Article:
A wise man gave his young daughters very sage dating advice, “Ignore everything they say, and just pay attention to what they do”.  That is exactly what team members are doing…watching what leaders do!  If you’re constantly telling your team that times are lean and everyone needs to do more with less, let them see you doing it!

Secret #3 – Provide Support for Personal Crises

Part of what makes leadership so difficult is the fact that team members aren’t robots and are constantly dealing with personal issues and problems that impact them significantly (and can spill over into the workplace).  As a team leader, the reality is that you’re wearing several hats and one of those hats is friend/mentor/confidant.  Don’t ignore the reality that sometimes crises strike, and at those times team members need support.

As a public school teacher in the Bronx in the 60s, my mom struggled with the daily challenge of how to motivate her students.   She taught the “drop out” class – those who had performed the worst academically and were just expected to likely drop out as soon as they reached the minimum age required to drop out.  She’d decided to use the DMV’s driver’s permit exam prep materials as her course materials because her students were all 15 years old and VERY motivated to get their drivers permit.  Her thought was that she could use virtually any reading material to teach reading skills; she just needed the right topic to really motivate them.  This approach was extremely effective…with one exception.  One student (Melissa) seemed impossible to motivate.  After using every motivation technique in her arsenal, she decided to have a heart to heart with her after class one day.  She asked about her home life, and Melissa immediately burst into tears.  Evidently, her mother was gravely ill and needed a kidney transplant.  Melissa’s mom had asked her to donate one of her kidneys, but Melissa’s own health problems made that option very risky.  She was torn and couldn’t concentrate on anything else.  Immediately, my mom shifted from teacher to mentor/supporter.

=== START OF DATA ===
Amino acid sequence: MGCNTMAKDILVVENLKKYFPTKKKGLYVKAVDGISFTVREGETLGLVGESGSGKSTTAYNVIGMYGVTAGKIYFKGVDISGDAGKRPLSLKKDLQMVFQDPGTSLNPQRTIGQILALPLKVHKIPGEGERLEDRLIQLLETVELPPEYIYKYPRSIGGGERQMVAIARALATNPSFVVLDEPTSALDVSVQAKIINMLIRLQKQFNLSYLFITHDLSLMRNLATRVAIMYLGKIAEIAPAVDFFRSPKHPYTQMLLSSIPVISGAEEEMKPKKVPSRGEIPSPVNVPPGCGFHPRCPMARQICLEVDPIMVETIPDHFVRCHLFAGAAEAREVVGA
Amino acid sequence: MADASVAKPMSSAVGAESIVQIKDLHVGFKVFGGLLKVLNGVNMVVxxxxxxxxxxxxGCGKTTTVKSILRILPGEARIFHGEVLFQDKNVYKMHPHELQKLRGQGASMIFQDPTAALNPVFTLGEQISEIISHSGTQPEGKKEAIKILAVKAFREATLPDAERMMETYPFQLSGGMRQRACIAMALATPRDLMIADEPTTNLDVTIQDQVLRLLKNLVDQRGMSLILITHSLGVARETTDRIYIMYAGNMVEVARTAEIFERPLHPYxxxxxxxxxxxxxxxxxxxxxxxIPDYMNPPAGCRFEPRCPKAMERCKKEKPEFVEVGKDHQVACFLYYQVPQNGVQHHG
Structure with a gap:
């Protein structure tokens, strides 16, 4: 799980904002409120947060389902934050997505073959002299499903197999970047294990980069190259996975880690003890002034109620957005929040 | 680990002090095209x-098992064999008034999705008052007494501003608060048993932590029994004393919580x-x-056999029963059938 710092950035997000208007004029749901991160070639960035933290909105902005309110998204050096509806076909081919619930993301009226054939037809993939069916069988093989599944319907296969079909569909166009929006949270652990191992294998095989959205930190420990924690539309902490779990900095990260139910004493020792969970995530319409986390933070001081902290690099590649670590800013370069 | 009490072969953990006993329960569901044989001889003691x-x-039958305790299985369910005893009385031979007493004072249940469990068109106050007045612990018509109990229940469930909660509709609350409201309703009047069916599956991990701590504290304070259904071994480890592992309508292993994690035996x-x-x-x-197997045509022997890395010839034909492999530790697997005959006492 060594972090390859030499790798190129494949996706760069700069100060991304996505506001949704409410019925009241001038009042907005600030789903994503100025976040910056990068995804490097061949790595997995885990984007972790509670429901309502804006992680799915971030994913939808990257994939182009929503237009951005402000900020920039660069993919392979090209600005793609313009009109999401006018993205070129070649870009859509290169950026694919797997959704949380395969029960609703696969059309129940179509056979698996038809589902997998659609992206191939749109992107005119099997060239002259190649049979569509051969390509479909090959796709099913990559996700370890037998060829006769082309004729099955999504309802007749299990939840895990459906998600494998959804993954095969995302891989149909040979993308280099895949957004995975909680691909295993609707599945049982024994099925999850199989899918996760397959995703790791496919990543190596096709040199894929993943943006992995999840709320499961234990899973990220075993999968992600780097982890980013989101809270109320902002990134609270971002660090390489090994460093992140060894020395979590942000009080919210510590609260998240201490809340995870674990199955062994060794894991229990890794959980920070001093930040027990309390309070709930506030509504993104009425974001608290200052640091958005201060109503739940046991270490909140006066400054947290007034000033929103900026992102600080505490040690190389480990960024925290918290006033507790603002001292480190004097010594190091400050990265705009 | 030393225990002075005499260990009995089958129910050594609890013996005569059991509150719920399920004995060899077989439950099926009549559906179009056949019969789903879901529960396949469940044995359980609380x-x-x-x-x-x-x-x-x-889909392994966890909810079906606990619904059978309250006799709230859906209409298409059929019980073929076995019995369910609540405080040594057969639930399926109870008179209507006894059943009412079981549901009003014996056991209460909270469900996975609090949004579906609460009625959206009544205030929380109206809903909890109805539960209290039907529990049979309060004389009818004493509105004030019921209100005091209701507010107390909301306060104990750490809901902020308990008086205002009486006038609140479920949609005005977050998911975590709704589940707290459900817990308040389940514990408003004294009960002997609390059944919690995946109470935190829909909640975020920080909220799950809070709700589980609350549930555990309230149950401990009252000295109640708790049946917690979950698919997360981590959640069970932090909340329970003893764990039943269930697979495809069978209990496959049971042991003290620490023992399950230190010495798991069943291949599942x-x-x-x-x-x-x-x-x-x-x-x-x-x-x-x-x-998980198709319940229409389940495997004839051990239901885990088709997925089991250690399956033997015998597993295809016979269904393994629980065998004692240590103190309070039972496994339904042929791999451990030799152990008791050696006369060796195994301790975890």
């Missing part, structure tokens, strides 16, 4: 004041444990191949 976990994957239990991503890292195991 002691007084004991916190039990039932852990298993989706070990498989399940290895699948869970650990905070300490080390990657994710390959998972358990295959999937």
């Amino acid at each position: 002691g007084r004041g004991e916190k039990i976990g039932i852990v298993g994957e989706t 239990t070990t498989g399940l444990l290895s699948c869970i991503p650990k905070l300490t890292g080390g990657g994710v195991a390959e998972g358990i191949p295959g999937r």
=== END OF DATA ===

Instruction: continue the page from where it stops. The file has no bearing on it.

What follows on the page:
Maslow’s hierarchy of needs clearly indicates that a person’s physiological and security needs must be addressed before higher level motivation tactics will be effective.  As team leaders, we must remember this and check in with team members who seem to be particularly unmotivated or distracted.  Whether the crisis is personal or generated by workplace difficulties, any real crises should be addressed proactively.

Secret #4 – Tell the Ugly Truth

Remember that during difficult times, it’s vitally important to be honest about the organization’s health/current state.  Most managers make the mistake of decreasing communications during difficult times when just the opposite is what is really needed.  In the absence of information people create their own information, and it’s usually not positive (think rumor mill).  If the group’s project is really an “ugly baby” or if budget/headcount cuts are likely, be honest about it!  People are motivated to work in an environment where leaders will be candid and honest…even if the news isn’t good.

Motivation is certainly one of the keys to effective leadership, but figuring out how to do it in the midst of a difficult environment can certainly be challenging.  The reality is that there isn’t a bag of tricks – just a few proven secrets that will enhance your ability to motivate your team in virtually any environment.

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Team retreats can be a great tool for teams during difficult times.   They provide an effective opportunity to recognize hard work, roll out organizational initiatives or strategies, enhance relationship building, analyze/address team specific issues, celebrate successes, etc.

Dana has designed and facilitated many team retreats (large and small) for a variety of teams.  Learn more about Dana’s team building design philosophy!

https://www.linkedin.com/in/danabrownlee/